Turtle ICU and Marine Science Center

July 13, 2011

Say you’re out on a friend’s boat in the ocean.  You see something on the surface, and it’s moving. As you edge closer, you see that it’s a turtle, possibly a Green Turtle, or maybe even a Hawksbill. You’re all smiles until your friend points out that something’s wrong. Then you see it. The turtle’s right front flipper is mangled, or its shell has a serious gash.  Who ya gonna call?

It turns out we have just the place not far away in Ponce Inlet — the Turtle ICU at the Marine Science Center. We finally ventured into this small facility and were thrilled to find we could view the ICU. On this particular day there were 11 turtles in the ICU for rehabilitation, 7 of which were juvenile Green Turtles, and 2 that were subadult Loggerheads.  Most were under care for propeller wounds.

Injured Juvenile Green Sea Turtle in the ICU Rehabilitation Tanks


More Rehabilitation Tanks in the Turtle ICU

We ventured inside, paid the $5 entrance fee, and roamed around the small center. First we checked out the classroom, where they hold summer camp teaching kids about sea creatures great and small. ( I wish we had had such camps when I was a kid!)

Matt watching a video in the Marine Science Center classroom

The educational displays are fun also. The Freshwater Habitat Exhibit contains Yellowbelly Slider turtles, Peninsula Cooter turtles and Chicken Turtles.  The Red Devil Cichlid, Suckermouth Catfish, Blue Gill and Florida Gar swim around the tank as well. But it’s the turtles that seek out all the attention from observers.


Attention-seeking freshwater turtles --photo by Matt O'Neill

Another display that naturally caught our attention was the shark display.  Here we learned that the Black Tip Shark is the most common shark found around the Ponce Inlet area, and the source of all those ankle bites.

Shark Exhibit at the Marine Science Center in Ponce Inlet --photo by Matt O'Neill

The Center may be small, but it is definitely educational. And the Turtle ICU is worth seeing several times, whether you’re a resident, or a visitor.  This is true Florida at its best.

The Tortoise without the Hare

November 10, 2010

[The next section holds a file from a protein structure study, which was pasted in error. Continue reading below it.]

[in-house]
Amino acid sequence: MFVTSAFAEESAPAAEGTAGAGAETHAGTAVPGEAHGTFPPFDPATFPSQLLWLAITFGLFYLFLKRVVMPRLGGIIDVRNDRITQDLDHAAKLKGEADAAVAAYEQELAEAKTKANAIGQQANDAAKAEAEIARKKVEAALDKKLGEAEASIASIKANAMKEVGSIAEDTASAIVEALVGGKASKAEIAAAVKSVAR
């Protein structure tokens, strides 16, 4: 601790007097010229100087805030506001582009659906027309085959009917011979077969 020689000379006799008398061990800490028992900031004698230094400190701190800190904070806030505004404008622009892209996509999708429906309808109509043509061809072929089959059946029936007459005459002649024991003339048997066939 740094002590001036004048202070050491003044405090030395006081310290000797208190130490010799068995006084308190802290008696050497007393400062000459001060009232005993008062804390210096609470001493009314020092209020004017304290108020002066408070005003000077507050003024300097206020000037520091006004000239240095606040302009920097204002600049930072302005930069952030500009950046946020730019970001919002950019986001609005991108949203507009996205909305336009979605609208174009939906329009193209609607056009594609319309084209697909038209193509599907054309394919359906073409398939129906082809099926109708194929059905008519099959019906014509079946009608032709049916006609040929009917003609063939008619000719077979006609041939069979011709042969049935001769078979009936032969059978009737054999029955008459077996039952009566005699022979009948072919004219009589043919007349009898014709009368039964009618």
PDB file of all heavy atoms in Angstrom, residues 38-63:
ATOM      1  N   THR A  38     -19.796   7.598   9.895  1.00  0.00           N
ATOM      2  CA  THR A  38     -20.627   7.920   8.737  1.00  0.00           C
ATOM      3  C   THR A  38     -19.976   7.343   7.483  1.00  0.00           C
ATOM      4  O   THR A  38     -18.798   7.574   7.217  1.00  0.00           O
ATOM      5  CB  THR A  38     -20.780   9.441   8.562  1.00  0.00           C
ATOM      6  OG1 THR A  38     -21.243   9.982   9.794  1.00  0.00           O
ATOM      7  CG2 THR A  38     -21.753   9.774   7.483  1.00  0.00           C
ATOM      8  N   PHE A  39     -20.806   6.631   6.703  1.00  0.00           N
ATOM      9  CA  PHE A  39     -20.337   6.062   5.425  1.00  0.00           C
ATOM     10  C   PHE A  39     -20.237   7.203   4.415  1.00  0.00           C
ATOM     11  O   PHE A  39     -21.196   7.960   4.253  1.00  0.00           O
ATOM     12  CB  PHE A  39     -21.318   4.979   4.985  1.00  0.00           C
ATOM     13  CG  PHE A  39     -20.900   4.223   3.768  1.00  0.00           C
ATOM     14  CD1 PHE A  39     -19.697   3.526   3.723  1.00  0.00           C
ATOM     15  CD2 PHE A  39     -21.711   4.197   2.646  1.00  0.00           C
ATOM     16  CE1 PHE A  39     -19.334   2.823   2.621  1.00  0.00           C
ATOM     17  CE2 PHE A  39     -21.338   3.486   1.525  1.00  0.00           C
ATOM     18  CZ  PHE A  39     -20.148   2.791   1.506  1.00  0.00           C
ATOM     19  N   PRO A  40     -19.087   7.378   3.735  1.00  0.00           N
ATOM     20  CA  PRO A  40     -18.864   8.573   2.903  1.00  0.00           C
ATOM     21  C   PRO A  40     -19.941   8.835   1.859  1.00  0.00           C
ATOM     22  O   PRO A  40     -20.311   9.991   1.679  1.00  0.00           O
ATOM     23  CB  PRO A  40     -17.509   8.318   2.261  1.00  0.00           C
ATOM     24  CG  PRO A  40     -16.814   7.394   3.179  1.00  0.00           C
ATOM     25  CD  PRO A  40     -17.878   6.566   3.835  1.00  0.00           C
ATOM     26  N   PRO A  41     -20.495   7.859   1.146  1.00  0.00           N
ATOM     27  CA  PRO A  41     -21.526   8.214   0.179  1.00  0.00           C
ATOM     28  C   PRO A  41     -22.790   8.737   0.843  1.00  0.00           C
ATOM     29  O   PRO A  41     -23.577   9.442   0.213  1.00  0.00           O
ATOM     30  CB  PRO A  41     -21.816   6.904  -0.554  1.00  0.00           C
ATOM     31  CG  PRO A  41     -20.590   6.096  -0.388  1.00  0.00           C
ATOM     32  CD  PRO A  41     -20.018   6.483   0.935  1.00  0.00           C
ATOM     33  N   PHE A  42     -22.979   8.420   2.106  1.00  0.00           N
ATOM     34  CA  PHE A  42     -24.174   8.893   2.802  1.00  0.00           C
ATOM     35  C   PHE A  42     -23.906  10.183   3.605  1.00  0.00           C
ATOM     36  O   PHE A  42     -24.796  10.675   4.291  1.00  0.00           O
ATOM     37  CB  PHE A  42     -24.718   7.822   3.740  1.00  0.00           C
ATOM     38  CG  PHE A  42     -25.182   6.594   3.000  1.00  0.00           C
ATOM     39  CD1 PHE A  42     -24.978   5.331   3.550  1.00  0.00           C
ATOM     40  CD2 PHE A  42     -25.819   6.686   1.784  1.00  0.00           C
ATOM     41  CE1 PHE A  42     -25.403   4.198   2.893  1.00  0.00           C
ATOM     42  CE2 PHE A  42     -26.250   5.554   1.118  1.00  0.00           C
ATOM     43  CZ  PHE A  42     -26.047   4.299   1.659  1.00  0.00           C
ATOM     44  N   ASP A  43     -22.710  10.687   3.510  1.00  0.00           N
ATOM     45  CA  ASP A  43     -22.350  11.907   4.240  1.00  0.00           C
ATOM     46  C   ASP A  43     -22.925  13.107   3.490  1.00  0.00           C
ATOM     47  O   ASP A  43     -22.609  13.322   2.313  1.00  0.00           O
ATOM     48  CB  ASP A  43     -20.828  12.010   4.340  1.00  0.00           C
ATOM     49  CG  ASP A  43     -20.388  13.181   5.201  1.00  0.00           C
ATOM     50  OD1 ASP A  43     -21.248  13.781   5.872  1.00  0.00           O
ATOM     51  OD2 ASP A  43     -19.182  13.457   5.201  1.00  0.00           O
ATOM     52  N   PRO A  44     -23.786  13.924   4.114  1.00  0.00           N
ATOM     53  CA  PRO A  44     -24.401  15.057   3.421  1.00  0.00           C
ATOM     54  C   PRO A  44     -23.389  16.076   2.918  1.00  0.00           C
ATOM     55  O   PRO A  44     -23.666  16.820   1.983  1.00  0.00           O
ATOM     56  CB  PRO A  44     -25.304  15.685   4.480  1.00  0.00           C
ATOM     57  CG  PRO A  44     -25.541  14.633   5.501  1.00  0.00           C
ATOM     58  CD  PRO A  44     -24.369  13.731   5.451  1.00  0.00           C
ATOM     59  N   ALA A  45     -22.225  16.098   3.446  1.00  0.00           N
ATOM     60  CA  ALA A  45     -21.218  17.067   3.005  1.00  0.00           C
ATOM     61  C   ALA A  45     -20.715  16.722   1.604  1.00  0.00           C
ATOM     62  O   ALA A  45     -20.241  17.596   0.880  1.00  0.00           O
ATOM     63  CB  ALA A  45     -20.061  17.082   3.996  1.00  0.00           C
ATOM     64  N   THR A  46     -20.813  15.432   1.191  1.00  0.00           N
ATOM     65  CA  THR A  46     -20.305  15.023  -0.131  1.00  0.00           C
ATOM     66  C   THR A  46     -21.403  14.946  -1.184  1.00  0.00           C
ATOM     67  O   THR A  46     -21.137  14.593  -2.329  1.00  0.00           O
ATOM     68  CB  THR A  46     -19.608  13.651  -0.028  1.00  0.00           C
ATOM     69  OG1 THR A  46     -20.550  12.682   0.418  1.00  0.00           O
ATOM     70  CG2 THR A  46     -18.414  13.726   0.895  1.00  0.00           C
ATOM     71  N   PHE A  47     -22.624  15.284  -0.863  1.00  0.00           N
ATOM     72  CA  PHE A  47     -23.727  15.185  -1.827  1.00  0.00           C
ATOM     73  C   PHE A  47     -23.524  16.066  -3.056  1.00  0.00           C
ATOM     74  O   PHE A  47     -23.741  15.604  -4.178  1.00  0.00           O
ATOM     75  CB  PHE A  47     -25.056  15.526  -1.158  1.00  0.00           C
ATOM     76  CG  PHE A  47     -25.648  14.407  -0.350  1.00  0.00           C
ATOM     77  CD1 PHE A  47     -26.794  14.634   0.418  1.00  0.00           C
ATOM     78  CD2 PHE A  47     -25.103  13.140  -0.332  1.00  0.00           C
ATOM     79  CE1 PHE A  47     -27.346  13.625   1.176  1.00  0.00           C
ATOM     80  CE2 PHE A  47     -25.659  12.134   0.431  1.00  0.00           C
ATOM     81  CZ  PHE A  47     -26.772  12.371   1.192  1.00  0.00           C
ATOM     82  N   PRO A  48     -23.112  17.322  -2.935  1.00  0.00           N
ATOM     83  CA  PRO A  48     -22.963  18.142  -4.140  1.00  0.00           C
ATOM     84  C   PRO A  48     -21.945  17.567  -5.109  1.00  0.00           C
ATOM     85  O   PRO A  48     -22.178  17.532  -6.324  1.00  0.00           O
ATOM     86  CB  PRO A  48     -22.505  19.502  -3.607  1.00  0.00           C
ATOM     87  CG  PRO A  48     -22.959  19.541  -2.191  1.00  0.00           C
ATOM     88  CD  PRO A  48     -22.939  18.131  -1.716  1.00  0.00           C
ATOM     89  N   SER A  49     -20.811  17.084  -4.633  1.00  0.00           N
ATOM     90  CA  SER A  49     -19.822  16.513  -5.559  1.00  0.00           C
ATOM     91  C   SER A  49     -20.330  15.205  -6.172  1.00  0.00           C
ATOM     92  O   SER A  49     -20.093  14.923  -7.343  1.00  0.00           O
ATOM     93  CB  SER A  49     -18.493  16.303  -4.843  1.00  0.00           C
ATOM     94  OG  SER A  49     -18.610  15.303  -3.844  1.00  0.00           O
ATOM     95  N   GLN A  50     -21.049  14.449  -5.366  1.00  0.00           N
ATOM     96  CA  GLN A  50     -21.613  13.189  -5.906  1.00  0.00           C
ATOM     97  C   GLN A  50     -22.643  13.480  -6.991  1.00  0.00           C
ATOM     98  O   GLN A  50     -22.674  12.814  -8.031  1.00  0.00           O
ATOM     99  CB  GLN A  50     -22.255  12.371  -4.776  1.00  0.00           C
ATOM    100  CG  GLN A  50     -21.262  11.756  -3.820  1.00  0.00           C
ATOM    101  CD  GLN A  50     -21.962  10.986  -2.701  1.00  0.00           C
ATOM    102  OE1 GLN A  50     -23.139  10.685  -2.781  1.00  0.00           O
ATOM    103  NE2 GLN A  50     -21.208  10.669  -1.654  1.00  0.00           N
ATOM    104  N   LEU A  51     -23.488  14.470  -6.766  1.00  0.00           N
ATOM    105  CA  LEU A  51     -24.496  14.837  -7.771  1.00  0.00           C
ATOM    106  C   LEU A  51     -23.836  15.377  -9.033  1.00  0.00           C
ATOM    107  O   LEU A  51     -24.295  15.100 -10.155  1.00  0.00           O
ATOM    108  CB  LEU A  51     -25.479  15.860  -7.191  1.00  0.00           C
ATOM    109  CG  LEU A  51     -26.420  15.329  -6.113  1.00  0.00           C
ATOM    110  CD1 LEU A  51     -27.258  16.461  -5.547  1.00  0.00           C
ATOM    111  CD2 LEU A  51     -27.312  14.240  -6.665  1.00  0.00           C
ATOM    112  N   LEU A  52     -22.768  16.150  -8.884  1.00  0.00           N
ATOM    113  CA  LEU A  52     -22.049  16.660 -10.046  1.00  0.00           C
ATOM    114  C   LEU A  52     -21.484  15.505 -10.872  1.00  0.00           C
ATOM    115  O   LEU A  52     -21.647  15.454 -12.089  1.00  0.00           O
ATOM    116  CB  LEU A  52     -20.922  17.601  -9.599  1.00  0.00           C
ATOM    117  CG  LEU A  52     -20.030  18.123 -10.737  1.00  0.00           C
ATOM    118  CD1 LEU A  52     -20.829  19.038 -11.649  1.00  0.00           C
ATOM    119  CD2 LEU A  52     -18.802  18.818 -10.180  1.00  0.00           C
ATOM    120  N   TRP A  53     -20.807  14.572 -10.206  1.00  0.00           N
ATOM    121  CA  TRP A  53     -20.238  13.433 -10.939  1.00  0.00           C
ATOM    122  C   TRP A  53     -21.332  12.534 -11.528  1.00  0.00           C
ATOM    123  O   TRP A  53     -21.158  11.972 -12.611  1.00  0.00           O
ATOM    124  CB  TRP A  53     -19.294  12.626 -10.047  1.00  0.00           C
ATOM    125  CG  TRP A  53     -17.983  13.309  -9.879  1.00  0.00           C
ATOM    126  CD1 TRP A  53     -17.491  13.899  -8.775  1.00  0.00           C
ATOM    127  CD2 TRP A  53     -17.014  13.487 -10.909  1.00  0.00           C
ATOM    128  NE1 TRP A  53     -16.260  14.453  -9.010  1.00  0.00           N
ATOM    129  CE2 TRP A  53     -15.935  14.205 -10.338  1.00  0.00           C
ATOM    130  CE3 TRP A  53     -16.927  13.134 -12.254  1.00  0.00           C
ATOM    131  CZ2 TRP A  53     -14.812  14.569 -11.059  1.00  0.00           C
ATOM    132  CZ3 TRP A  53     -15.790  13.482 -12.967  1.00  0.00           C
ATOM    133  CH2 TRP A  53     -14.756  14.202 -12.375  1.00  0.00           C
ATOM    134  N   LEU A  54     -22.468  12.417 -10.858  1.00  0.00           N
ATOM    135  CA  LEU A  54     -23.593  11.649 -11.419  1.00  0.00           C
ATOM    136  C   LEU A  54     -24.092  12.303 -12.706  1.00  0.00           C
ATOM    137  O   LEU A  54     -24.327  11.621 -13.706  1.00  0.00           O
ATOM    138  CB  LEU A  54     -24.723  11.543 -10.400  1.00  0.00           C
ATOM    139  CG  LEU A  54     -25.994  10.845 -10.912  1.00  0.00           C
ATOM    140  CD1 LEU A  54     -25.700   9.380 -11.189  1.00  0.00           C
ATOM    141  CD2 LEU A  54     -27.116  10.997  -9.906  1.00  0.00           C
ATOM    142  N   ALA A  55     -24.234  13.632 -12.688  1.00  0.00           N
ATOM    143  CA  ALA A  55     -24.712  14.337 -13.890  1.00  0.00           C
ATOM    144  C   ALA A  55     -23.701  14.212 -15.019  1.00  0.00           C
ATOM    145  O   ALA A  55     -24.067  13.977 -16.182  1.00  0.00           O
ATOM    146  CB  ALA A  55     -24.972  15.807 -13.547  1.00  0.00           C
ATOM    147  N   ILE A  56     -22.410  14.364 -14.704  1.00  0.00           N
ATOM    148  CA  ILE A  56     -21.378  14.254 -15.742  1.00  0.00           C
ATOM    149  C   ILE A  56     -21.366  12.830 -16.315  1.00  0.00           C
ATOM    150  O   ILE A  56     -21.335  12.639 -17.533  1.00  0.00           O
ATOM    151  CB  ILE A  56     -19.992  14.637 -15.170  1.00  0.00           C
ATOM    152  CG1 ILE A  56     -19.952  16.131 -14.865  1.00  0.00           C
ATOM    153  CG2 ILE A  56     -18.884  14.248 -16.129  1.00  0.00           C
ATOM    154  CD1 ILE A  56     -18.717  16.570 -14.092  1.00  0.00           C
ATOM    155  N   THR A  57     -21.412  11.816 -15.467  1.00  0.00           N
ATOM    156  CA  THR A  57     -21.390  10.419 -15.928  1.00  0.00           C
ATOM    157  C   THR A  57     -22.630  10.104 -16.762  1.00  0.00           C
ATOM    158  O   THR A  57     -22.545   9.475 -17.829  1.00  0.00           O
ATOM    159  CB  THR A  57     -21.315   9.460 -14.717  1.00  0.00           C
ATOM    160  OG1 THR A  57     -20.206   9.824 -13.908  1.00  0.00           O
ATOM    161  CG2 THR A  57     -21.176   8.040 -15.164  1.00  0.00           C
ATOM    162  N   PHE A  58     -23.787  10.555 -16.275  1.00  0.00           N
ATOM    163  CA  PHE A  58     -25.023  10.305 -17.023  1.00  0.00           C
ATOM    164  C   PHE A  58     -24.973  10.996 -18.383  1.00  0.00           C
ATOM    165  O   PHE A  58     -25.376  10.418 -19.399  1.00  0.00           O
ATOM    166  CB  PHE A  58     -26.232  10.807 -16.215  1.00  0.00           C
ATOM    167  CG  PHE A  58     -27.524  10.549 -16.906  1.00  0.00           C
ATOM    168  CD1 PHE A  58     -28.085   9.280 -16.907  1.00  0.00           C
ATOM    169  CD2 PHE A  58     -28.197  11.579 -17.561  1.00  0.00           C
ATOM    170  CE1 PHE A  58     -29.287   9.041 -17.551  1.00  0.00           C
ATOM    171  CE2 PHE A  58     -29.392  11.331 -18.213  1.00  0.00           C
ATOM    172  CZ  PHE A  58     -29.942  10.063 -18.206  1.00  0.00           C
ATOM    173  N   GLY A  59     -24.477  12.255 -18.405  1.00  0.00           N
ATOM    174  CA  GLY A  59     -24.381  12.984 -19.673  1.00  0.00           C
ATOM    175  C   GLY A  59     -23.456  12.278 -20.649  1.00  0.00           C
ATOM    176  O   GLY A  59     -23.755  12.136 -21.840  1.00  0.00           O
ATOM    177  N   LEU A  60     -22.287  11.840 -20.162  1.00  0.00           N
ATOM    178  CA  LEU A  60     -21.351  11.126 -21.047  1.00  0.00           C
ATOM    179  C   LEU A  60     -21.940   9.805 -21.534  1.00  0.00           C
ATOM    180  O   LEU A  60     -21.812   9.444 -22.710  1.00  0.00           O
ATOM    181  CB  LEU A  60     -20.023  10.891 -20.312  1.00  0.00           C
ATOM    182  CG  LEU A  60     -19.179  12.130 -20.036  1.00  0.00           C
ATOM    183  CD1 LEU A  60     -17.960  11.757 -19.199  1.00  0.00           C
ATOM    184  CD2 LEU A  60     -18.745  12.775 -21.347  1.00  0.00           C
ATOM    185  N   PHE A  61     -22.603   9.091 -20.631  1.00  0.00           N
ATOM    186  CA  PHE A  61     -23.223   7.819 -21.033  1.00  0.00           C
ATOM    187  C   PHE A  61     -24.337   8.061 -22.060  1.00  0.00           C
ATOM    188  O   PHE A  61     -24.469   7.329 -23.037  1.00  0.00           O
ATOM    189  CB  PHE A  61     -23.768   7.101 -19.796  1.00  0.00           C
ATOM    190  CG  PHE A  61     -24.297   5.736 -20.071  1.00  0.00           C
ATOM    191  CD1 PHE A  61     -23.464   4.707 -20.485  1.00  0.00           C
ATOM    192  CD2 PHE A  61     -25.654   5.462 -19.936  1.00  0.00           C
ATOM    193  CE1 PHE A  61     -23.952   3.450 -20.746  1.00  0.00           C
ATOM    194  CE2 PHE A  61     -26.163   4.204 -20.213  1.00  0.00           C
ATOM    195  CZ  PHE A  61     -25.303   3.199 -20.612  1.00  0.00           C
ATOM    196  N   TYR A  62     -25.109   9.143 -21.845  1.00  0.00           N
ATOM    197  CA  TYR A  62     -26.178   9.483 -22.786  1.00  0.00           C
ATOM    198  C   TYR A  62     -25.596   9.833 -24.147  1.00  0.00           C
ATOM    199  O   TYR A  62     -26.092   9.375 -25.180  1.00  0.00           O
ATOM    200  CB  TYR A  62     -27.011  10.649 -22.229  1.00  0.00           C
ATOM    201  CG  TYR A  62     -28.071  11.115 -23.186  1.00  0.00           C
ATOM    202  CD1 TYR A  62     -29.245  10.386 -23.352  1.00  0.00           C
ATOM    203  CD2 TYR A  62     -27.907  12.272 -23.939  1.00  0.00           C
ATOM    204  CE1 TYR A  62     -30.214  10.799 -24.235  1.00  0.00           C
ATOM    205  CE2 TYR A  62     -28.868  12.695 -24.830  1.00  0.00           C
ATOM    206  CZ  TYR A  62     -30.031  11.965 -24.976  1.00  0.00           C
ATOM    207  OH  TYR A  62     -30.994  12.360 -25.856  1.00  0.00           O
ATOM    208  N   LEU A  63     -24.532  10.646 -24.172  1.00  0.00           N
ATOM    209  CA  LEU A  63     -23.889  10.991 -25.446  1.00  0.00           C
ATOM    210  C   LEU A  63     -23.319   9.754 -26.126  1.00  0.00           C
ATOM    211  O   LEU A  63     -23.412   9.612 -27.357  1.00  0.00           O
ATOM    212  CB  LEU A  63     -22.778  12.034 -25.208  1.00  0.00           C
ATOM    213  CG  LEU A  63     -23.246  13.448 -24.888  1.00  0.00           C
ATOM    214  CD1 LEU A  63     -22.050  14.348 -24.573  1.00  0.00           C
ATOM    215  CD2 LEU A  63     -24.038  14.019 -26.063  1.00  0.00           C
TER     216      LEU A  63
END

Since returning to Florida I have seen more turtles than ever before. Well, actually they are tortoises. Gopher Tortoises to be exact.  Somewhere I read that all tortoises are turtles, but not all turtles are tortoises. While I don’t quite get that, I do find that the label tortoise fits these guys moreso than turtle for some reason.

As it turns out, there are many unique things about our Florida tortoises.

  • One thing that makes them unique is that they dig large burrows, unlike other tortoises which are content living under vegetation or in shallow burrows.  And these deep burrows are easy to spot. We see them everywhere and always wonder if anyone’s home. 
  • Another interesting fact is how the sex of their hatchlings are determined. It all depends on the temperature of the dirt or sand where the eggs are incubating — If below 85 degrees, place your bet on all males.  If above 85 degrees, they will all be females. 
  • They are homebuilders – for others.  Up to 250 different species bed down in their abandoned burrows, including indigo snakes, armadillos, and foxes.  In other words, don’t stick your hand in what you think is an abandoned burrow.

Florida Gopher Tortoises are listed as a Threatened Species on the Endangered Species List.  This is mostly due to loss of habitat, which has been the case for much of our wildlife.

Protecting these tortoises is no joke here in Florida.  Gopher Tortoise Services, Inc.  is here to assist landowners, developers, and anyone else who may have a “tortoise problem.”  And there is a Gopher Tortoise Organization that serves to educate the public on conservation measures.

While driving down a road recently, we came upon this Gopher Tortoise, so busy eating up the grass that he didn’t mind that we were slowly backing up to keep pace with him.